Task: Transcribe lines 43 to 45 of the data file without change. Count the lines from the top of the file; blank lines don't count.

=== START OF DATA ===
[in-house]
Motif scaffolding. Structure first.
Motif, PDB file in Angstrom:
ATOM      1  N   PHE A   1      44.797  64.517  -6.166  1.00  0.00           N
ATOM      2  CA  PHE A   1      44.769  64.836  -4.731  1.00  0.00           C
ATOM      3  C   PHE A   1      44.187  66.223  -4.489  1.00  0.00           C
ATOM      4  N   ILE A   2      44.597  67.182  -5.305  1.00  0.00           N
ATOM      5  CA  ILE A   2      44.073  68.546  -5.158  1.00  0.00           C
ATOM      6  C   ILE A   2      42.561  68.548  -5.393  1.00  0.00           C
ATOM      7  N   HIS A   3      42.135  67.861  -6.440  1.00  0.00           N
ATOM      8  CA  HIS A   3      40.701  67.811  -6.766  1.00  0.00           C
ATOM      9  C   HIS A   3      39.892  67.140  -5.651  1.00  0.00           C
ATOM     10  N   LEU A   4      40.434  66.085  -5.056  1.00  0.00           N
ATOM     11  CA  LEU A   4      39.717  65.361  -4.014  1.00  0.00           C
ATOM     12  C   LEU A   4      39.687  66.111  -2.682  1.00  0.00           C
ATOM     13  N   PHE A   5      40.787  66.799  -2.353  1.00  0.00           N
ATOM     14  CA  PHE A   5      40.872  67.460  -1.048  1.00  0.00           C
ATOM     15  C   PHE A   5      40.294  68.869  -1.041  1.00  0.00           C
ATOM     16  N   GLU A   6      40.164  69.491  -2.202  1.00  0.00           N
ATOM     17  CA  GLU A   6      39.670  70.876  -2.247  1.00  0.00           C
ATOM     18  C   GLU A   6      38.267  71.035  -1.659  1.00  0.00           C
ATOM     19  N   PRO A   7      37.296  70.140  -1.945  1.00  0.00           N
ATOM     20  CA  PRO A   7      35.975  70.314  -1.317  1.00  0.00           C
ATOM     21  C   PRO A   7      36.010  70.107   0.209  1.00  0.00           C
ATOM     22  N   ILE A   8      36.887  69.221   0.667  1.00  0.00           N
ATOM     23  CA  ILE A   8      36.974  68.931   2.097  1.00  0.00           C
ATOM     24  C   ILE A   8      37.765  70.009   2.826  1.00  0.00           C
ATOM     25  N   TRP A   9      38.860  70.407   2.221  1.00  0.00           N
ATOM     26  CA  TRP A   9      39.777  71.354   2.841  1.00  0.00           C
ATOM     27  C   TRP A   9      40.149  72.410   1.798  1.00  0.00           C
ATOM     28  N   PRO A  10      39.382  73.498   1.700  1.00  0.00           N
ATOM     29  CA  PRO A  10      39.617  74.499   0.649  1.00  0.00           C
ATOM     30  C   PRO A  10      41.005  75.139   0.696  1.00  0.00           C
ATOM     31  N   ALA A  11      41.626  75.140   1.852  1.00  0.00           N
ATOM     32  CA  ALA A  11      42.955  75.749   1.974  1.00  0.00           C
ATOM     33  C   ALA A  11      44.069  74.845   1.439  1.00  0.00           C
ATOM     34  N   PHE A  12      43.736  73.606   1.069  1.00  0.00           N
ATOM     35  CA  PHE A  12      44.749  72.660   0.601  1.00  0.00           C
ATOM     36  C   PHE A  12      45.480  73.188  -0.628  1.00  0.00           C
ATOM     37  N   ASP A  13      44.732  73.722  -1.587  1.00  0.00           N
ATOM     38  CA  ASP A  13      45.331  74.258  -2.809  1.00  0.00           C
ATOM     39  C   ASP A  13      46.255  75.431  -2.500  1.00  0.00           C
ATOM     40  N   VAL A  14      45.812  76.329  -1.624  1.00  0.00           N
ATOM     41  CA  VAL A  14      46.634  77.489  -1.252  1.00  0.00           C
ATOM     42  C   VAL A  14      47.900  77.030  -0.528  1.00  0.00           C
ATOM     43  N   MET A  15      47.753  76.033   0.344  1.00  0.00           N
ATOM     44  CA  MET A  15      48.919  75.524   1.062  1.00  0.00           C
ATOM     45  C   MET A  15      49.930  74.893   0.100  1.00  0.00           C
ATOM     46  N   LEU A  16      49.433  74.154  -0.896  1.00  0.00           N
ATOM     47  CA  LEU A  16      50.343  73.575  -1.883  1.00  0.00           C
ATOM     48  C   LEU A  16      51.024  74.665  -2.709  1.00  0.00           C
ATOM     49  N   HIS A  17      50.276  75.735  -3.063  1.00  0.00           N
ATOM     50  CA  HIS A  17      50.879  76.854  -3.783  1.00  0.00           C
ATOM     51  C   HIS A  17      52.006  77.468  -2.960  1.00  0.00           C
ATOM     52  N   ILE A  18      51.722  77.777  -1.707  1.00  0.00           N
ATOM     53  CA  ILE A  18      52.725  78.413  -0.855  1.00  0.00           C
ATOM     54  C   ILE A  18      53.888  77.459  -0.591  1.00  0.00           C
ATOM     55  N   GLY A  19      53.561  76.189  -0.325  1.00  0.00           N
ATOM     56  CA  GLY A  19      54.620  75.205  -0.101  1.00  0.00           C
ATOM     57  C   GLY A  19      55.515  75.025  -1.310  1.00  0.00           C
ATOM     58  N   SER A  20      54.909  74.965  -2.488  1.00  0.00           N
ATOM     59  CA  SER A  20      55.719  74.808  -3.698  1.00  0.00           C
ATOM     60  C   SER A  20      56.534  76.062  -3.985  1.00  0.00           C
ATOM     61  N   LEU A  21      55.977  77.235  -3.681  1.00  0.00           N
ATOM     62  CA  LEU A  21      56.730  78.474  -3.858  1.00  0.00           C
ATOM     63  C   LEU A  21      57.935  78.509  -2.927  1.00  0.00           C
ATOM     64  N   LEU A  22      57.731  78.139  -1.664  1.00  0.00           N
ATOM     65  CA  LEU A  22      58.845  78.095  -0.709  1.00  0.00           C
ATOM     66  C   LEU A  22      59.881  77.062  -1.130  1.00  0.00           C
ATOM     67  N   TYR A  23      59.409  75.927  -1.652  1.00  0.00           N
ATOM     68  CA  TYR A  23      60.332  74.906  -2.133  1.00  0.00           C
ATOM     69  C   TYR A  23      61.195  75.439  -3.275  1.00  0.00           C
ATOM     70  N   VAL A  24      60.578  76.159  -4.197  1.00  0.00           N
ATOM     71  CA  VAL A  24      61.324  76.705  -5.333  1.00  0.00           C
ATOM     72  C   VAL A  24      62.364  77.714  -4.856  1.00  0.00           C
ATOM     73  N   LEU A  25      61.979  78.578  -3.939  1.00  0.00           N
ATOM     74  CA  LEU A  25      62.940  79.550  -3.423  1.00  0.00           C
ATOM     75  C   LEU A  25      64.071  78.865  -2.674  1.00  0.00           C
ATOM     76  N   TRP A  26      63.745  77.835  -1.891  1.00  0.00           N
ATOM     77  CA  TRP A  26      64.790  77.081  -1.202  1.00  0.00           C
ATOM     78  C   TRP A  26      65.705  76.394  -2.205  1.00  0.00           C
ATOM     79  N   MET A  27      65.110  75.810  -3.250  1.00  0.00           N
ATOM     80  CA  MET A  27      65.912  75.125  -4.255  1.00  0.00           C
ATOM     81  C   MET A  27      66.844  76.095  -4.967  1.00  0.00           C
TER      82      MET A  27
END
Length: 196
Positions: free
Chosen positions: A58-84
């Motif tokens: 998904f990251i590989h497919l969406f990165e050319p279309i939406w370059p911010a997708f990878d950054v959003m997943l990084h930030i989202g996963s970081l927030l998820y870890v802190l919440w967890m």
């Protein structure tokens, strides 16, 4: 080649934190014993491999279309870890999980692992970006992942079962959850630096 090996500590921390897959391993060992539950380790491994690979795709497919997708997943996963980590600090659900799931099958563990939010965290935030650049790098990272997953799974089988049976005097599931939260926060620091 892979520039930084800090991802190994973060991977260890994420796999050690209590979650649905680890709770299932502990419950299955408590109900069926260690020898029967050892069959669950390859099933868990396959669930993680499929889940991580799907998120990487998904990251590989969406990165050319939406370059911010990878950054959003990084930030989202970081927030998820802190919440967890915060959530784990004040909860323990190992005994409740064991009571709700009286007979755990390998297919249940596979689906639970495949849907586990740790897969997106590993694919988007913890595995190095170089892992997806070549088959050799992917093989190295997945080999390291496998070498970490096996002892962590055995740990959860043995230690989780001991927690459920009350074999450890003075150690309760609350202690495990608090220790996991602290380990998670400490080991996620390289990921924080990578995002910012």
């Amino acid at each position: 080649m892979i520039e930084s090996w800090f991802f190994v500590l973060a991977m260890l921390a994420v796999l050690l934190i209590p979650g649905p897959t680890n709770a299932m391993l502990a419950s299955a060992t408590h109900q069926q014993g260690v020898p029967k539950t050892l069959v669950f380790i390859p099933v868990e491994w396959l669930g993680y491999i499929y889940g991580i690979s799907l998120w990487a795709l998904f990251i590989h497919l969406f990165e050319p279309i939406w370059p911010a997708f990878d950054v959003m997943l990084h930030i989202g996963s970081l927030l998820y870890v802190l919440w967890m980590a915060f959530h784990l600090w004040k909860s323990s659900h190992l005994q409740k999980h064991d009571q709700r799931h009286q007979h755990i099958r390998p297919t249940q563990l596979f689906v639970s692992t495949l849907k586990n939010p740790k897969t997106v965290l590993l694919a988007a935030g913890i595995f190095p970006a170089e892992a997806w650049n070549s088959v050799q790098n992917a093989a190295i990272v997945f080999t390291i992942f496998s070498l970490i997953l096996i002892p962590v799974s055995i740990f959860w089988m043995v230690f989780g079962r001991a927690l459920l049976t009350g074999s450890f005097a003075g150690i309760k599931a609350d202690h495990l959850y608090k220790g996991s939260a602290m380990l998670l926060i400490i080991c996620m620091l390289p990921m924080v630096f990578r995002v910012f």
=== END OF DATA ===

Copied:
ATOM     40  N   VAL A  14      45.812  76.329  -1.624  1.00  0.00           N
ATOM     41  CA  VAL A  14      46.634  77.489  -1.252  1.00  0.00           C
ATOM     42  C   VAL A  14      47.900  77.030  -0.528  1.00  0.00           C